79. 79. However, users’ habits have significantly changed since then. Recent studiesprove that users are quite comfortable with scrolling and in some situationsthey are willing to scroll to the bottom of the page. Many users are morecomfortable with scrolling than with a pagination, and for many users themost important information of the page isn’t necessarily placed “above thefold” (which is because of the variety of available display resolutions,making this a quite outdated, deprecated term). So it is a good idea todivide your layout into sections for easy scanning, separating them with alot of white space.For further information please take a look at the articles Unfolding the fold(Clicktale), Paging VS Scrolling (Wichita University – SURL), Blasting theMyth of the Fold (Boxes and Arrows). (thanks, Fred Leuck).5. Blue Is The Best Color For LinksWhile giving your website a unique design is great, when it comes tousability, doing what everyone else is doing is best. Follow conventions,because when people visit a new website, the first place they look forthings are in the places where they found them on most other websites;they tap into their experience to make sense of this new content. This isknown as usage patterns. People expect certain things to be the same, suchas link colors, the location of the website’s logo, the behavior of tabbednavigation and so on. Smashing eBook│Best of Smashing Magazine │ 80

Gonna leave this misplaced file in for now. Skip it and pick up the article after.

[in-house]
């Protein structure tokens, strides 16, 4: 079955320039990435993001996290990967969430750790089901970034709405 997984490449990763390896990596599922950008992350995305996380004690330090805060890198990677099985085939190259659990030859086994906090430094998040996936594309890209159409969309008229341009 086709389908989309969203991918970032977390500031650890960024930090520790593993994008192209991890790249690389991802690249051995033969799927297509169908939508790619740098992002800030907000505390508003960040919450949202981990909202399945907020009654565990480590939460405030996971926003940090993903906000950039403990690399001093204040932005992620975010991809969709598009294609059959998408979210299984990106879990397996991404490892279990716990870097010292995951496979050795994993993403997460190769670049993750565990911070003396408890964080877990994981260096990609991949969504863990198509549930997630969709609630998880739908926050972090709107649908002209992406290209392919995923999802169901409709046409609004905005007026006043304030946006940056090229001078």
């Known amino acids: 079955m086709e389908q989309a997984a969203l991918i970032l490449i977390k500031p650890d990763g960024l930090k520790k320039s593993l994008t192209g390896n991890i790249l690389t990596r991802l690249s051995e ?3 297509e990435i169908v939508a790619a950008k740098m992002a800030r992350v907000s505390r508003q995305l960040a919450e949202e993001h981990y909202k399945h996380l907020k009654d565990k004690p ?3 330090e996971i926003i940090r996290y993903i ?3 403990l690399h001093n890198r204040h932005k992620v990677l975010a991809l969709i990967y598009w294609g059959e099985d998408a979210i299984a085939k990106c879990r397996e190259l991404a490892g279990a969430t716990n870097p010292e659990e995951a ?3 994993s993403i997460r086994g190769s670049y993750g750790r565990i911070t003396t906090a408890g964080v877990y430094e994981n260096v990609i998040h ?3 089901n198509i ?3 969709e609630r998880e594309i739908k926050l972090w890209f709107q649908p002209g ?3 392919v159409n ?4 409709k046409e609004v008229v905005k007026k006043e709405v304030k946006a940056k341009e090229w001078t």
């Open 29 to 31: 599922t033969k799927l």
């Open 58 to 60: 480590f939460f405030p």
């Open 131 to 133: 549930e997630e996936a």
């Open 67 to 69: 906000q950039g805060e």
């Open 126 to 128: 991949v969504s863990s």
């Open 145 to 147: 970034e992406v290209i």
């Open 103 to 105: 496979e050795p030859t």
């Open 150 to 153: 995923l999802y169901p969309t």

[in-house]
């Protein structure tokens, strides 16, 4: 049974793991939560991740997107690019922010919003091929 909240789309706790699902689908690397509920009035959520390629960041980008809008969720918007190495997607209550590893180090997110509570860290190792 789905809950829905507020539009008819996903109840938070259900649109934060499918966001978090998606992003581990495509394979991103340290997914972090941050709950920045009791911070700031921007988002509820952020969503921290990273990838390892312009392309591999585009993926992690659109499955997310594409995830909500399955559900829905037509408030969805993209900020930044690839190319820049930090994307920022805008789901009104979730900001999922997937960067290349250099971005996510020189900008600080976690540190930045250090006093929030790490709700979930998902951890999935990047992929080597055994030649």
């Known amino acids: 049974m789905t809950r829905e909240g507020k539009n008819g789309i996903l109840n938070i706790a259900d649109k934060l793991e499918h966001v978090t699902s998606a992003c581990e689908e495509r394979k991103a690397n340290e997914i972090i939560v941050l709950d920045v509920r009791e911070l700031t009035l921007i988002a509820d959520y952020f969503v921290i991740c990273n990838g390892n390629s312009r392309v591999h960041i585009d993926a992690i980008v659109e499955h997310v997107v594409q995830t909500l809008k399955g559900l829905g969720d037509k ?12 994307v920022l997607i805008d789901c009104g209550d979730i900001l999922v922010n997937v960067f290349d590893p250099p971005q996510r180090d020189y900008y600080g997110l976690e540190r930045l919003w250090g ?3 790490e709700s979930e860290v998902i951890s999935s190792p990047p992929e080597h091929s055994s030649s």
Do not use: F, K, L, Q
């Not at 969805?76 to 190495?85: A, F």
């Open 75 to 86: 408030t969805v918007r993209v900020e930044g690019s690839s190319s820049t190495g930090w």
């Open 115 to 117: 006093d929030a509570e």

80. 80. Google keeps all links on its websites blue for a reason: the color is familiar to mostusers, which makes it easy to locate.What color should your links be? The first consideration is contrast: linkshave to be dark (or light) enough to contrast with the background color.Secondly, they should stand out from the color of the rest of the text; so, noblack links with black text. And finally, research shows (Van Schaik and Ling)that if usability is your priority, sticking to blue for links is best. Thebrowser’s default link color is blue, so people expect it. Choosing a differentcolor is by no means a problem, but it may affect the speed with whichusers find it. Smashing eBook│Best of Smashing Magazine │ 81